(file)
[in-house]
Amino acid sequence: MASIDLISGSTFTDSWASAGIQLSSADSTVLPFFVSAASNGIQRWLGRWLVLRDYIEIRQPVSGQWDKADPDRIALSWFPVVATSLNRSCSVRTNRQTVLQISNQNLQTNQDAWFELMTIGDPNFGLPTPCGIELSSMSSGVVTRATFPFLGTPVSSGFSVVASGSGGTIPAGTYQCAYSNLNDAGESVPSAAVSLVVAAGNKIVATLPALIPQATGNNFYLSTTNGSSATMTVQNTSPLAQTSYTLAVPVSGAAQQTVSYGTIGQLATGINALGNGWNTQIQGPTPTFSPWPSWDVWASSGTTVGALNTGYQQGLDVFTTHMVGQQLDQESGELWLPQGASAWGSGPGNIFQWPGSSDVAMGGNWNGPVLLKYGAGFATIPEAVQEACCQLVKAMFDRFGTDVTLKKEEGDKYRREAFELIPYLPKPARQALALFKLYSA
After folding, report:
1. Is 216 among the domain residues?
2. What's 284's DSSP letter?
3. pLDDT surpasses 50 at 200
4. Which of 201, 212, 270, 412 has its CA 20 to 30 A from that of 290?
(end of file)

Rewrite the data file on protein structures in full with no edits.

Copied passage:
[in-house]
Amino acid sequence: MASIDLISGSTFTDSWASAGIQLSSADSTVLPFFVSAASNGIQRWLGRWLVLRDYIEIRQPVSGQWDKADPDRIALSWFPVVATSLNRSCSVRTNRQTVLQISNQNLQTNQDAWFELMTIGDPNFGLPTPCGIELSSMSSGVVTRATFPFLGTPVSSGFSVVASGSGGTIPAGTYQCAYSNLNDAGESVPSAAVSLVVAAGNKIVATLPALIPQATGNNFYLSTTNGSSATMTVQNTSPLAQTSYTLAVPVSGAAQQTVSYGTIGQLATGINALGNGWNTQIQGPTPTFSPWPSWDVWASSGTTVGALNTGYQQGLDVFTTHMVGQQLDQESGELWLPQGASAWGSGPGNIFQWPGSSDVAMGGNWNGPVLLKYGAGFATIPEAVQEACCQLVKAMFDRFGTDVTLKKEEGDKYRREAFELIPYLPKPARQALALFKLYSA
After folding, report:
1. Is 216 among the domain residues?
2. What's 284's DSSP letter?
3. pLDDT surpasses 50 at 200
4. Which of 201, 212, 270, 412 has its CA 20 to 30 A from that of 290?